What is Celiac Disease?(Pronounced: SEE-lee-ack disease)Celiac disease (CD), also known as celiac sprue or gluten-sensitive enteropathy, is a geneticallylinked autoimmune disorder that can affect both children and adults. In people with CD, eatingcertain types of grain-based products set off an immune response that causes damage to thesmall intestine. This, in turn, interferes with the small intestine’s ability to absorb nutrients foundin food, leading to malnutrition and a variety of other complications. The offending amino acidsequences are collectively called “gluten” and are found in wheat, barley, rye, and to a lesserextent, oats* (WBRO). Related proteins are found in triticale, spelt, kamut. Refer to the grainsand flours glossary for a more extensive classification of grains.In people with CD, eating certain types of protein fractions, collectively called gluten, set offan immune mediated response at the site of the epithelial cells. This abnormal, cellular levelimmune activity evokes damage to the lining of the small intestine. The damaged small intestinelining, mucosa and villi, interferes with the ability to absorb the nutrients available in food.Without adequate nutritients available, malnutrition and a variety of other related complicationsbecome apparent.Celiac Disease is: an inherited disease. Celiac disease effects those with a geneticpredisposition. ● COMMON. Approximately 1 in 133 people have CD, however, most have yet to be diagnosed. ● This number is based upon a milestone multi-center study of blood samples collected from 13,145 people from ● February 1996 to May of 2001. This means that there were over 2.1 million undiagnosed people with celiac ● disease in the United States in 2001. ● characterized by (IgA mediated) damage to the mucosal lining of the small intestine known as villous atrophy. ● responsible for the malabsorption of nutrients resulting in malnutrition. ● linked to skin blisters known as dermatitis herpetiformis (DH). ● linked to gluten ataxia. ● not age-dependent. It may become active at any age. ● linked to genetically transmitted histocompatibility cell antigens (HLA DR3-DQ2, DR5/7 DQ2, and DR4-DQ8). ● Other genetic links have been identified.Celiac Disease is NOT: ● simply a food allergy (IgE). ● an idiosyncratic reaction to food proteins (mediated by IgE). ● typified by a rapid histamine-type reaction (such as bronchospasm, urticaria, etc.). ● an intolerance, a non-immune system response to food.The Damaging Protein FractionsThe term "gluten" is, in a sense, a generic term for the storage proteins that are found ingrains. In reality, each type of protein - glutenin and gliadin in wheat, secalin in rye, hordeinin barley, avenin in oats, zein in corn and oryzenin in rice - is slightly different from the others.The "gluten" in wheat, rye, barley, and in a much lower amount, oats, contains particular aminoacid sequences that are harmful to persons with celiac disease. The damaging proteins areparticularly rich in proline and glutamine (especially the amino acid sequences which are in thefollowing orders: Pro-Ser-Gln-Gln and Gln-Gln-Gln-Pro). As peptides, some such as 33-MER,cannot be broken down any further. In people with celiac disease, 33-MER stimulates T-cells toproduce antibodies. Sequences containing as few as 7 amino acids can be toxic to those withceliac disease. The antibodies, in turn, attack the villi in the small intestine, reducing their abilityto absorb nutrients.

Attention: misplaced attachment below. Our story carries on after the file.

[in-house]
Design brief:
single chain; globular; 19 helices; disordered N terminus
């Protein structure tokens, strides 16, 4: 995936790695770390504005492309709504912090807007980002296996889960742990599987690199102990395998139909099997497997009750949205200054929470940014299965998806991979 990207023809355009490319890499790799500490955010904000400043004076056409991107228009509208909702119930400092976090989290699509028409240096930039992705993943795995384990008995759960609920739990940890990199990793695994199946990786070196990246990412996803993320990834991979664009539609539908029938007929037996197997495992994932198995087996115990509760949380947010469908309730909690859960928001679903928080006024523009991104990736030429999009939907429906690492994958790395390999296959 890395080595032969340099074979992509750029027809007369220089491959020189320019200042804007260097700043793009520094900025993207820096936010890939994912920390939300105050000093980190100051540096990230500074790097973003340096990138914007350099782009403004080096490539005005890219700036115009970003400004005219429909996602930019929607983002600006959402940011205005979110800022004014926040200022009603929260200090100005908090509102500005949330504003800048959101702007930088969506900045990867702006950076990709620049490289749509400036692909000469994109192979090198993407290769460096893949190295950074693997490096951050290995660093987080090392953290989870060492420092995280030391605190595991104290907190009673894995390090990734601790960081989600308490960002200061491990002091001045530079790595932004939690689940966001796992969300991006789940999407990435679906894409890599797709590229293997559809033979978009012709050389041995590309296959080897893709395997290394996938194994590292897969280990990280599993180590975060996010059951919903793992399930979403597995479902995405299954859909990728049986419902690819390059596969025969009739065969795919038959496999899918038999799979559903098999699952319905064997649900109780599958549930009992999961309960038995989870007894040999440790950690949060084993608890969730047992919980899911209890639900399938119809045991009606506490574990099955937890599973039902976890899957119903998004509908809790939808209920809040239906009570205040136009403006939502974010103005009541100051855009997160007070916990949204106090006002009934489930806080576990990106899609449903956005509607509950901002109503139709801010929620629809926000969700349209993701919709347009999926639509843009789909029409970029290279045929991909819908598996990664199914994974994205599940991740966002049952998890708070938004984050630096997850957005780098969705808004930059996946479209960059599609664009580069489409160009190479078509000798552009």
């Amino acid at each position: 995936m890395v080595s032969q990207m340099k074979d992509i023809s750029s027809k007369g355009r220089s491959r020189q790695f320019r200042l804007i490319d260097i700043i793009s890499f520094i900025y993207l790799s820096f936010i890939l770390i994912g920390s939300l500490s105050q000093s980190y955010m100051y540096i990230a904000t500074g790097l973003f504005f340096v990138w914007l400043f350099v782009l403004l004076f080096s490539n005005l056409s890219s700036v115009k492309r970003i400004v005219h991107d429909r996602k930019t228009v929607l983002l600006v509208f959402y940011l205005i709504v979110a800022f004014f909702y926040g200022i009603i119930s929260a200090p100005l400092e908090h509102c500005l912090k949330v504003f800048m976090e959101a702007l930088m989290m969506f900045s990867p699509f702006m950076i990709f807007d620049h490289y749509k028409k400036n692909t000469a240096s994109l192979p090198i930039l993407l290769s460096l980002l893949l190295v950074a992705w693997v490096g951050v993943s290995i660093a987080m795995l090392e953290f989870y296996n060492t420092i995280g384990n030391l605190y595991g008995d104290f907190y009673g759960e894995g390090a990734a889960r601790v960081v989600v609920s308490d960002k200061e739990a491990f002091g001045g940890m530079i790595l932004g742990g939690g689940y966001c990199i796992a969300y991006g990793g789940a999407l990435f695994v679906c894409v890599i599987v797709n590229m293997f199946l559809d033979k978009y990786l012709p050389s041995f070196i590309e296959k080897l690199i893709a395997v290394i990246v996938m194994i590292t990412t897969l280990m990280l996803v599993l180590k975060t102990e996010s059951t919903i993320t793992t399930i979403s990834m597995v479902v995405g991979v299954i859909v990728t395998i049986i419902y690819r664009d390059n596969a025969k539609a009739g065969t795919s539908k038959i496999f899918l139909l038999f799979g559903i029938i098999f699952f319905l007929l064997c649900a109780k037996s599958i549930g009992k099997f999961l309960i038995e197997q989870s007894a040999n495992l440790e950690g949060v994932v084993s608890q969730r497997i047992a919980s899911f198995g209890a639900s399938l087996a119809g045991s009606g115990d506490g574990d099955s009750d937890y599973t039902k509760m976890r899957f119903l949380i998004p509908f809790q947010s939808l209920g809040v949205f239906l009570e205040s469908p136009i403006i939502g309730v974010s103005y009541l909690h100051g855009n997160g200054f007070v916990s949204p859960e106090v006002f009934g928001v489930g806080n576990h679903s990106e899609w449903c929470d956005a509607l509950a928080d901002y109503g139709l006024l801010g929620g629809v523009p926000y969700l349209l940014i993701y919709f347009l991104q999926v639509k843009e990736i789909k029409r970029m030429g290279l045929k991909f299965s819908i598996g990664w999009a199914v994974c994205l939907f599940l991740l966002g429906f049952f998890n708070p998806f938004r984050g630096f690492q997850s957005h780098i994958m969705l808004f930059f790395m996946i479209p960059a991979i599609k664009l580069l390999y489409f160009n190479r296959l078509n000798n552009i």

It is important to note that these sequences are NOT found in the proteins of corn and rice.The Nature of the InjuryThe damage to the small intestine (the jejunum) caused by this disease is very slow to developand is insidious. It is: ● almost certainly mediated by the immune system. ● associated with ANTIBODIES to glutenin, gliadin, reticulin and/or endomysial (smooth muscle) proteins. ● probably not directly caused by the antibodies, though they may be signals for cell- mediated immunity. ● probably produced by the cellular immune system (T and B cells) - but only when gluten- type prolamins are present. ● reversible, in most cases, to completely normal bowel function, if the injurious protein is excluded from the diet. ● normal bowel function, diarrhea, constipation or irritable bowel symptoms may be present.How Do You Get Celiac Disease?Celiac disease cannot be "caught," but rather the potential for CD may be in the body frombirth. Its onset is not confined to a particular age range or gender, although more women arediagnosed than men. It is not known exactly what activates the disease, however three thingsare required for a person to develop CD: ● A genetic disposition: being born with the necessary genes. The Human Leukocyte Antigen (HLA) genes specifically linked to celiac disease are DR3, DQ2 and DQ8...and others. ● A trigger: some environmental, emotional or physical event in one’s life. While triggering factors are not fully understood, possibilities include, but are not limited to adding solids to a baby’s diet, going through puberty, enduring a surgery or pregnancy, experiencing a stressful situation, catching a virus, increasing WBRO products in the diet, or developing a bacterial infection to which the immune system responds inappropriately. ● A diet: containing WBRO, or any of their derivatives.SummaryCeliac disease is life-long and currently incurable. The only known treatment at this time is strictadherence to a gluten-free lifestyle, free of WBRO. Oats are not a risk free choice for those withceliac disease and not reccommended during the first year. There is no way to determine inadvance whether or not a person will be able to tolerate uncontaminated oats. Contact CSA forassistance and guidance on beginning a gluten-free lifestyle. What is the prevelance of celiacdisease in the United States?The National Health and Nutrition Examination Survey (NHANES) is a program of studiesdesigned to assess the health and nutritional status of adults and children in the United States.The survey is unique in that it combines interviews and physical examinations. Two newquestions added to include celiac disease. MCQ082 - Ever been told you have celiac disease? MCQ086 - Are you on a gluten-free diet? NHANES Statement.